American Oceans

How Many Hearts Does an Octopus Have?

Have you ever wondered how many hearts an octopus has? These fascinating creatures are known for their intelligence, camouflage abilities, and unique physical characteristics, including their multiple hearts.

Octopus vulgaris

Octopuses are part of the invertebrate group of animals called cephalopods, which also includes squids and cuttlefish.

They are found in all of the world’s oceans, from shallow coral reefs to the depths of the deep sea.

Anatomy of an Octopus

Octopuses have a unique anatomy that sets them apart from other animals. They have a soft body that is enclosed in a mantle, which contains their organs.

an octopus on the deck of a boat

Their arms are used for movement and manipulation, and they have a beak that is used for feeding.

The Circulatory System of an Octopus

Octopuses have an open circulatory system, which means that their blood is not contained in vessels. Instead, their blood flows freely through their body cavities.

an octopus swimming underwater

Octopuses have two branchial hearts, which are located near their gills, and one systemic heart, which is located at the back of their mantle.

The branchial hearts pump blood through the gills, where it is oxygenated, and the systemic heart pumps oxygenated blood to the rest of the body.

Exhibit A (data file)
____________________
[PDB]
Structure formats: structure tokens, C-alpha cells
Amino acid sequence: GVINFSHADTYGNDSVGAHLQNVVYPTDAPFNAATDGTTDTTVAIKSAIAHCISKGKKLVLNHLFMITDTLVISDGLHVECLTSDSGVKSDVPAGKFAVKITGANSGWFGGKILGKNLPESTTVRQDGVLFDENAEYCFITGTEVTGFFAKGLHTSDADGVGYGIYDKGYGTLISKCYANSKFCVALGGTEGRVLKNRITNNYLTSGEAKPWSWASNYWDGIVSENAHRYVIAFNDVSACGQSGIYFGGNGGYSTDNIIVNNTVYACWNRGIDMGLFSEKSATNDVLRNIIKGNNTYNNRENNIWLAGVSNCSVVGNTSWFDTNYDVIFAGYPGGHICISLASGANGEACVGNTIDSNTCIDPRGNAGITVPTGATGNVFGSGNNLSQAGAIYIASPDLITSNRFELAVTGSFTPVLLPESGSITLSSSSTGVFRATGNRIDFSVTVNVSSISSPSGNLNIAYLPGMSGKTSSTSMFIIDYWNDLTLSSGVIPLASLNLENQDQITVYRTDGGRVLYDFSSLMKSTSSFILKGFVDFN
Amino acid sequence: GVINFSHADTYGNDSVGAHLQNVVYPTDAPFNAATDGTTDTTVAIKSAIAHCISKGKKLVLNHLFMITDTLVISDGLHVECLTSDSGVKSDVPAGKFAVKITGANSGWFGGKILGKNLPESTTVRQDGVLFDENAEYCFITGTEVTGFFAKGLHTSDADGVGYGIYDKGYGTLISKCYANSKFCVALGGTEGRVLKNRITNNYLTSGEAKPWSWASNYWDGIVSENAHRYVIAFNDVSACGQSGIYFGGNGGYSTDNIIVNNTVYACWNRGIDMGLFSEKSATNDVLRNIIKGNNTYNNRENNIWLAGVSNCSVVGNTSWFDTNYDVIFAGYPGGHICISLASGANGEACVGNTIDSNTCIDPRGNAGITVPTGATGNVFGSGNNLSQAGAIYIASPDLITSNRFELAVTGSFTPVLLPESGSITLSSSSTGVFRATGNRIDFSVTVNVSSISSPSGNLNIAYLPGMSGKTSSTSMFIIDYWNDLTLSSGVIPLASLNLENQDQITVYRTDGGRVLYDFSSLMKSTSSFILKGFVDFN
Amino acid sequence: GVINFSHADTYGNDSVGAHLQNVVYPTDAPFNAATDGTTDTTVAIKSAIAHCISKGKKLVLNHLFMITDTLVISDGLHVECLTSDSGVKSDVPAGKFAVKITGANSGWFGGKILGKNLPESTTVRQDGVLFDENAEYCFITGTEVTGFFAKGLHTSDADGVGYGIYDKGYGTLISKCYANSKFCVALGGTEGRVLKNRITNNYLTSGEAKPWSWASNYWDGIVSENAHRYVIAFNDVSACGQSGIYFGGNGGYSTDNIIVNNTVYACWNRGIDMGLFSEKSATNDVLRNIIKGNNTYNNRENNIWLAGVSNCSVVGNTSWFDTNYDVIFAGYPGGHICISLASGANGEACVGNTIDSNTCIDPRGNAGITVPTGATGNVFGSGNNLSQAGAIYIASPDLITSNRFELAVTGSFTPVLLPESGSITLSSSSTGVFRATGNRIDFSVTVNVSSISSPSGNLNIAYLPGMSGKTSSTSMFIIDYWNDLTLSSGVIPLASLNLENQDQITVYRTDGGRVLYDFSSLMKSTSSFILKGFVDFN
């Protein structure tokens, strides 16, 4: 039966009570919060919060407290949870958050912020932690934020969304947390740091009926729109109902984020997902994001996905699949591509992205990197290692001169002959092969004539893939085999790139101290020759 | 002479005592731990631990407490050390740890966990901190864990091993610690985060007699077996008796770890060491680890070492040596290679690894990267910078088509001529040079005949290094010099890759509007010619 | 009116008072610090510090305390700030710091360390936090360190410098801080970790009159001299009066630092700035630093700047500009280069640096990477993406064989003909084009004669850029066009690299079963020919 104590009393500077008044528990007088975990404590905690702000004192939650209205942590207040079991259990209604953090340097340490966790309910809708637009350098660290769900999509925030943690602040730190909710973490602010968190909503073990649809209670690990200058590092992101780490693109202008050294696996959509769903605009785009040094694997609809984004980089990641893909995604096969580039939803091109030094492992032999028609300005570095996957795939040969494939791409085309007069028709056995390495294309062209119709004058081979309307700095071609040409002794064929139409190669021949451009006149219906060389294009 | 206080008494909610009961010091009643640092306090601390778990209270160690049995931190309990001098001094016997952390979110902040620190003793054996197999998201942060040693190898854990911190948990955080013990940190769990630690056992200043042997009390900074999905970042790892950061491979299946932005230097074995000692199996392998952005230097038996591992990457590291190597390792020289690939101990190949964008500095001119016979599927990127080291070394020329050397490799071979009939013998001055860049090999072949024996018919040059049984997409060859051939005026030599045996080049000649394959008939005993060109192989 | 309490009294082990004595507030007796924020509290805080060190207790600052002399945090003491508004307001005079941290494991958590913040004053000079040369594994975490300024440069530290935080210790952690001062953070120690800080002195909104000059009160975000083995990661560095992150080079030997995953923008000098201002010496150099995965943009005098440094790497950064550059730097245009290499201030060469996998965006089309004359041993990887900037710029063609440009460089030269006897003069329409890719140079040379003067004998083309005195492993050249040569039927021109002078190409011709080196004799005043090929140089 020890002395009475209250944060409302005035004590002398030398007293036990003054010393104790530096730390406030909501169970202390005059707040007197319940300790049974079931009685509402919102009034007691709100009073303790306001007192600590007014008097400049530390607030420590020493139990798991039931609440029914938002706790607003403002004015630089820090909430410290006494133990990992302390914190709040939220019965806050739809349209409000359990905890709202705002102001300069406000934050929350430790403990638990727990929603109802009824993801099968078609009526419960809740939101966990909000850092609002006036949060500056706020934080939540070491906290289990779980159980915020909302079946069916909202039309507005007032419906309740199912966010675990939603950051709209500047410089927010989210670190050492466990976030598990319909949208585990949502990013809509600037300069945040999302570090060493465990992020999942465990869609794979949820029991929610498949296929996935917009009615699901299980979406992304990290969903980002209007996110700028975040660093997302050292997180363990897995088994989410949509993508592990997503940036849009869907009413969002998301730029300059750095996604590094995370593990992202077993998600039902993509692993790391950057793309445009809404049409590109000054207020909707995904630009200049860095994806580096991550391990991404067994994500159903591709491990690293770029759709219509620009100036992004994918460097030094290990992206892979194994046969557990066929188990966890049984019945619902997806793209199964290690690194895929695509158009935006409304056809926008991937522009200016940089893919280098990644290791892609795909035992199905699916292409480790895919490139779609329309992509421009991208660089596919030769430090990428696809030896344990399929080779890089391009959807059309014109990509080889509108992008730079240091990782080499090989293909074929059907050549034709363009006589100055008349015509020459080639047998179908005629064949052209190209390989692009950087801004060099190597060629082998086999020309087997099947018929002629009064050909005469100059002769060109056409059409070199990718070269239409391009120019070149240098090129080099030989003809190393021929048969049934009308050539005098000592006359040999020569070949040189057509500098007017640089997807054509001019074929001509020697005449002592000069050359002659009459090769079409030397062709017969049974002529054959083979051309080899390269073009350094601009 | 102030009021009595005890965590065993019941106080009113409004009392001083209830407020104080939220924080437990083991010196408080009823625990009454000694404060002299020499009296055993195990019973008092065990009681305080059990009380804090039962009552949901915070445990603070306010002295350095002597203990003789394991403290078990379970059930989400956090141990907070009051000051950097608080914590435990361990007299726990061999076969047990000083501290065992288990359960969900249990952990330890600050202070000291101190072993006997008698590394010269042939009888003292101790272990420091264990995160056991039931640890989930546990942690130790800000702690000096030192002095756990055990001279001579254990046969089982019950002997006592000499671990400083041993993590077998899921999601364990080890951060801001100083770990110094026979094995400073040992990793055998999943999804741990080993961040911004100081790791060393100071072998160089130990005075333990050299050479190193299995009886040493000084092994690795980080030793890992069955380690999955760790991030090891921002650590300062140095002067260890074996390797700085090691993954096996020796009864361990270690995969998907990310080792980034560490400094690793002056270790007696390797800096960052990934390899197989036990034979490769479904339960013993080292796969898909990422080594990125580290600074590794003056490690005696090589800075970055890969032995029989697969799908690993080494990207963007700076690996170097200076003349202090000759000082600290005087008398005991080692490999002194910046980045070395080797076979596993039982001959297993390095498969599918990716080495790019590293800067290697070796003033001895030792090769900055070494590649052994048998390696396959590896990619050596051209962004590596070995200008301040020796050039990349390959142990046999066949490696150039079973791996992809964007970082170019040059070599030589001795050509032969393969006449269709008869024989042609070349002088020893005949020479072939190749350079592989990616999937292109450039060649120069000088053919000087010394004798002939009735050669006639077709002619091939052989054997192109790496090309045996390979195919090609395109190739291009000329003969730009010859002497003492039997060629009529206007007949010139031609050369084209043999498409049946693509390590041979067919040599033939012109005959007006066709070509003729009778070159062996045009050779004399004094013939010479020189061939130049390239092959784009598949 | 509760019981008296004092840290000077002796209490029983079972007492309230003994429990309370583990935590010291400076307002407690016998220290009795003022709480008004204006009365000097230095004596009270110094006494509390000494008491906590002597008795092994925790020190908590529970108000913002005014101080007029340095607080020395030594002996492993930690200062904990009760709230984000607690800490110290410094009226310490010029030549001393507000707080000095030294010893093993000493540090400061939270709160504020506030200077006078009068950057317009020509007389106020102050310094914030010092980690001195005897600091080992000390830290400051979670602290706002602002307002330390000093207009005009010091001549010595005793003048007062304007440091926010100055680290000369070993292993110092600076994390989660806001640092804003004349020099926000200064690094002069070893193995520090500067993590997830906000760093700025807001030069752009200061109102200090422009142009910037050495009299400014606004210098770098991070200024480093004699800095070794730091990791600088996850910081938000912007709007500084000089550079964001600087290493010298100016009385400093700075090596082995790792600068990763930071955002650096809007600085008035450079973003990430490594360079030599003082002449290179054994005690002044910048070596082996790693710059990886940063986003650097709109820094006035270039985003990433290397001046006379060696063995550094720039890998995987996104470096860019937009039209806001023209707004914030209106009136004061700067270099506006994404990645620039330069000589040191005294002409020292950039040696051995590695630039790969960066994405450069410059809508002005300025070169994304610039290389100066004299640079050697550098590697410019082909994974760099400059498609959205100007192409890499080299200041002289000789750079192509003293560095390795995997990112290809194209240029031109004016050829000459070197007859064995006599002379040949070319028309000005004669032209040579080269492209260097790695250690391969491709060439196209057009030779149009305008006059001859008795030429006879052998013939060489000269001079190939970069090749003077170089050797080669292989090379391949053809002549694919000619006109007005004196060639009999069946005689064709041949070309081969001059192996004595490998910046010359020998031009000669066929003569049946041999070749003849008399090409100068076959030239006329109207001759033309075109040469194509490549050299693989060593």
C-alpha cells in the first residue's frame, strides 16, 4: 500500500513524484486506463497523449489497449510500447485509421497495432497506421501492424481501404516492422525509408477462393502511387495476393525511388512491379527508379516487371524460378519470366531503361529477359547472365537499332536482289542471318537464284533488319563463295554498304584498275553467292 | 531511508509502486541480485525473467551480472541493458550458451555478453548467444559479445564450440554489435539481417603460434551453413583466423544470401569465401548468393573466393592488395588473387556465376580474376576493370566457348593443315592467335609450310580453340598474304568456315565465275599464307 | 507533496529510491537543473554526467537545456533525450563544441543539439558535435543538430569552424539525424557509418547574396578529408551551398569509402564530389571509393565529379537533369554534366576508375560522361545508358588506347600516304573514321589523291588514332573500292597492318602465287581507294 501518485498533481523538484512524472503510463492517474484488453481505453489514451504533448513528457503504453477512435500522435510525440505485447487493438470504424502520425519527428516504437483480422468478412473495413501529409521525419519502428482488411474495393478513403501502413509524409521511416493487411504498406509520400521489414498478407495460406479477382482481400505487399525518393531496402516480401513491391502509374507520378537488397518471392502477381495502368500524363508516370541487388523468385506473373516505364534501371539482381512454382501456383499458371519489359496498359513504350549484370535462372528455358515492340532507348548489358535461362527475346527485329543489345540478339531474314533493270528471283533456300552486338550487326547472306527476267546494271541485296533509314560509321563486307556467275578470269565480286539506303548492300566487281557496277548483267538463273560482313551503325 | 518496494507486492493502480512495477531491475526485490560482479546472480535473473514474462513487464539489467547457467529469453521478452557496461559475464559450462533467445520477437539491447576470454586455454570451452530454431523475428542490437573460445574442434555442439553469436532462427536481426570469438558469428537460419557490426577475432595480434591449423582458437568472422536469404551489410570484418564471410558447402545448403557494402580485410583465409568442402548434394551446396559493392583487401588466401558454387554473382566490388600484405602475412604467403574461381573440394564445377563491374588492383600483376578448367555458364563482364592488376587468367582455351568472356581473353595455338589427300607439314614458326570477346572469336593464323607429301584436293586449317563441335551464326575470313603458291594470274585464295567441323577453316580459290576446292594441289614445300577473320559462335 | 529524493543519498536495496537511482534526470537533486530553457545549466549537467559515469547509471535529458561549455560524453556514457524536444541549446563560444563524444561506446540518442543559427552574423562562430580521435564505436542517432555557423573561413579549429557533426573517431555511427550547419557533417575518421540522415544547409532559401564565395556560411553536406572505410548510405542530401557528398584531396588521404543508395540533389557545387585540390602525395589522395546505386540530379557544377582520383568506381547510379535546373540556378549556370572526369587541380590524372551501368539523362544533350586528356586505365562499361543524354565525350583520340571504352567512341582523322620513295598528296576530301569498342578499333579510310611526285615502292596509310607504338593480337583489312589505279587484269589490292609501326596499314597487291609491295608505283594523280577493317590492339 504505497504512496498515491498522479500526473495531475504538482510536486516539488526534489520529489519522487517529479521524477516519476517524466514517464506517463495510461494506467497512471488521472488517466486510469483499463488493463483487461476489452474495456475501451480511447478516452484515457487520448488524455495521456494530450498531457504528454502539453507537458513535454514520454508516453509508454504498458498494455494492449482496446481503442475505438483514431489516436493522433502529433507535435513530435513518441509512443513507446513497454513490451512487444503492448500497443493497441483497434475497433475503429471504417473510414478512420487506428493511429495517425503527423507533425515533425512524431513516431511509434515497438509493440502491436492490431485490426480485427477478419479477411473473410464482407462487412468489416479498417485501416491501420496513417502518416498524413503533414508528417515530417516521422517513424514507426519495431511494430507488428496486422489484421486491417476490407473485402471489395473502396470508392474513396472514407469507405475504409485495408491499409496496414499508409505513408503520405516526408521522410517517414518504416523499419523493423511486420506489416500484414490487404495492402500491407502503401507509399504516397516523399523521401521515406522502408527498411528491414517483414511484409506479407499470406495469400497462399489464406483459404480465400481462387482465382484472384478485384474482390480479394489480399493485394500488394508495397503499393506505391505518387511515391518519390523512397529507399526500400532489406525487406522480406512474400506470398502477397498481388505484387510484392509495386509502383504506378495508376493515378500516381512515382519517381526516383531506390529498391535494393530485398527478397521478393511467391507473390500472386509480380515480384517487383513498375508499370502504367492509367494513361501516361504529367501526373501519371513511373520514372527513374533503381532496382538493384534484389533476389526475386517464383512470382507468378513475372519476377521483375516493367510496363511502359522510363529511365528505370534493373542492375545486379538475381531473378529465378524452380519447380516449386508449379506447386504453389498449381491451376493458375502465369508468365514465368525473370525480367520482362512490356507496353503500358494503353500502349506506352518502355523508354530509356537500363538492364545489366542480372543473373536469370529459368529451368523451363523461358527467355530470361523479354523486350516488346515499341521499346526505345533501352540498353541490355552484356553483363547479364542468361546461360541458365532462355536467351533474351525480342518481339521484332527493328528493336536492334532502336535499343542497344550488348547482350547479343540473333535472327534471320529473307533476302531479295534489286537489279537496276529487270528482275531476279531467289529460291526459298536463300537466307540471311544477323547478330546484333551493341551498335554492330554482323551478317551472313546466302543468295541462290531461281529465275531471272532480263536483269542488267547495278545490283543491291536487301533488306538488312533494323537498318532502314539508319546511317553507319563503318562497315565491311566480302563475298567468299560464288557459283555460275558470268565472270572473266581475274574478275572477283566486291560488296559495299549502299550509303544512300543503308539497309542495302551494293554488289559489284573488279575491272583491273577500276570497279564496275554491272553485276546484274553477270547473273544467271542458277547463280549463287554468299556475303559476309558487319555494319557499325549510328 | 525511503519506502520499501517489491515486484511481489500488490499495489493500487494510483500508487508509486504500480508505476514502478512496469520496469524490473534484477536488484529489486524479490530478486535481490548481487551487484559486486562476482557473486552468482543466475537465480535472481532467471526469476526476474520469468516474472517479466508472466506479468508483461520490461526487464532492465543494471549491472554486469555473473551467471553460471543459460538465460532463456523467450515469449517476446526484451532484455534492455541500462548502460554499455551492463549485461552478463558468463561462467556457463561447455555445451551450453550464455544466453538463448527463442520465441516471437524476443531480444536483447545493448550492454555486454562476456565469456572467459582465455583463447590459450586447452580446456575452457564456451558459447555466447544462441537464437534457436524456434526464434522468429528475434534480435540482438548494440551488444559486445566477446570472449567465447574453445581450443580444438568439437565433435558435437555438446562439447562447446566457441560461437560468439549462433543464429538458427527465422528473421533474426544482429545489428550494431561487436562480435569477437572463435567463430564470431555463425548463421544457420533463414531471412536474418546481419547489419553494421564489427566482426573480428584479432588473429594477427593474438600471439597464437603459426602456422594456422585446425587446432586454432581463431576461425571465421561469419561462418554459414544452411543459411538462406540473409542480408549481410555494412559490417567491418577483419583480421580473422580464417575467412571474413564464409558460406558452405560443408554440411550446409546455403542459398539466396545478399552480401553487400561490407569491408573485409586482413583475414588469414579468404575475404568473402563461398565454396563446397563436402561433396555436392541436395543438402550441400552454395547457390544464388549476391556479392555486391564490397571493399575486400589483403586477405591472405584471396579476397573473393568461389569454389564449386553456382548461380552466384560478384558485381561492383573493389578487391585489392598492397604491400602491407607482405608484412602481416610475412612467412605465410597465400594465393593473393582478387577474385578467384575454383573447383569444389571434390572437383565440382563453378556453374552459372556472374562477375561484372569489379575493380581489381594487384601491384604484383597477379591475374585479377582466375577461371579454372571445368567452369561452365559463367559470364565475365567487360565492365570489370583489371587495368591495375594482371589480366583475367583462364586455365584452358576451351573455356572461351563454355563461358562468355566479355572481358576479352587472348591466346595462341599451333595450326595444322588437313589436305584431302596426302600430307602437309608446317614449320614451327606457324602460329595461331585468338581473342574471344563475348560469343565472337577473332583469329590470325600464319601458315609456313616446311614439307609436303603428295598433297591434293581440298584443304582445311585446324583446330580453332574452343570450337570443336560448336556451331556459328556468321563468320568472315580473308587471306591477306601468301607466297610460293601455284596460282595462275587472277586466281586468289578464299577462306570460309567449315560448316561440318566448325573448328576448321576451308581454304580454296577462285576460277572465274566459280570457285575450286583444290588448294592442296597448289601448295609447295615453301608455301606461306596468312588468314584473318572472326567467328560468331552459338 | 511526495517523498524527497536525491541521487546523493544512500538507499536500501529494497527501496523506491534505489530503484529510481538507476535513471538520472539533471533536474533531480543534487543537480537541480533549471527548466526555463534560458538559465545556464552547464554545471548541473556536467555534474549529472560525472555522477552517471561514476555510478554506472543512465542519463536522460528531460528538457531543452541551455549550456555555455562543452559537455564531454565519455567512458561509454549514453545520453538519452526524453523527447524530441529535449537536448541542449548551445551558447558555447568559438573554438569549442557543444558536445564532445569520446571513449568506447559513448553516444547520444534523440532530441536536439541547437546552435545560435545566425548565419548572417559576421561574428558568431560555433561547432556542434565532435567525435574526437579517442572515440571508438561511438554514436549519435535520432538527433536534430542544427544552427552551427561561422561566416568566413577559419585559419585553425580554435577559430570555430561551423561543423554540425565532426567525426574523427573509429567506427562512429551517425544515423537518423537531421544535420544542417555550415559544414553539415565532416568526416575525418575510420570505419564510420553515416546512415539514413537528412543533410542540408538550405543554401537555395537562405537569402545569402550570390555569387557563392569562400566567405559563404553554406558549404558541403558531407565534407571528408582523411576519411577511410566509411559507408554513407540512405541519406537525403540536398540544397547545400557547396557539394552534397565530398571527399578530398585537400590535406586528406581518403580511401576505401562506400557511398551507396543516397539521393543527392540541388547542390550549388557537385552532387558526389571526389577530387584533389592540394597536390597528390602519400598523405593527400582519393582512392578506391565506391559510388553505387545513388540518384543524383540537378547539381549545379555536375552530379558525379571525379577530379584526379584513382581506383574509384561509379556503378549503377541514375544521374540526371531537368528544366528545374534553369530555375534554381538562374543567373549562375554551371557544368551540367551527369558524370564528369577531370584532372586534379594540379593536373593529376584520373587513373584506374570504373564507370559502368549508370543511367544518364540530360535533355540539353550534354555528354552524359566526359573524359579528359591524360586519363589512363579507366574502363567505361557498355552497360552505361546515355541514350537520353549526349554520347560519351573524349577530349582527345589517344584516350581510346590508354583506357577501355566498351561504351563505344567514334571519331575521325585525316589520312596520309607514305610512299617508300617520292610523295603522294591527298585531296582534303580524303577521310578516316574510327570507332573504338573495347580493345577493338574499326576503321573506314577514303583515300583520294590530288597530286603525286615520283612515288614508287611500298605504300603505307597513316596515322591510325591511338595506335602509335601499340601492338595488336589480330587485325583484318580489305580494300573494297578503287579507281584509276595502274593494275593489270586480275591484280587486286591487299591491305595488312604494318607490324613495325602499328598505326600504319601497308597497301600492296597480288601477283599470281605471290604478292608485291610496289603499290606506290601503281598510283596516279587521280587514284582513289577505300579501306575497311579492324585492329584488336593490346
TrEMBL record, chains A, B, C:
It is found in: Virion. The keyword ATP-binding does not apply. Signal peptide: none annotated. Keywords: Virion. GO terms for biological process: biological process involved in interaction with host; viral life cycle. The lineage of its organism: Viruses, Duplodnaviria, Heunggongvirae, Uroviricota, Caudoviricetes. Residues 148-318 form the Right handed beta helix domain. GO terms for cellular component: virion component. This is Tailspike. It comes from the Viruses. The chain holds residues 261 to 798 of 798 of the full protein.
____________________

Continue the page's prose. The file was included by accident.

Octopuses have blue blood because their blood contains hemocyanin instead of hemoglobin.

Hemocyanin is a copper-containing protein that binds with oxygen to transport it through the body. This gives octopuses their unique blue color.

The Role of Hearts in Octopus Survival

The multiple hearts of an octopus play a vital role in their survival. The branchial hearts pump deoxygenated blood from the body to the gills, where it is oxygenated.

a mimic octopus underwater

The systemic heart then pumps oxygenated blood to the rest of the body, providing the necessary nutrients and oxygen for the octopus to survive.

Octopuses are able to control their blood pressure by changing the size of their blood vessels.

This allows them to adjust their blood flow to different parts of their body, depending on their needs.

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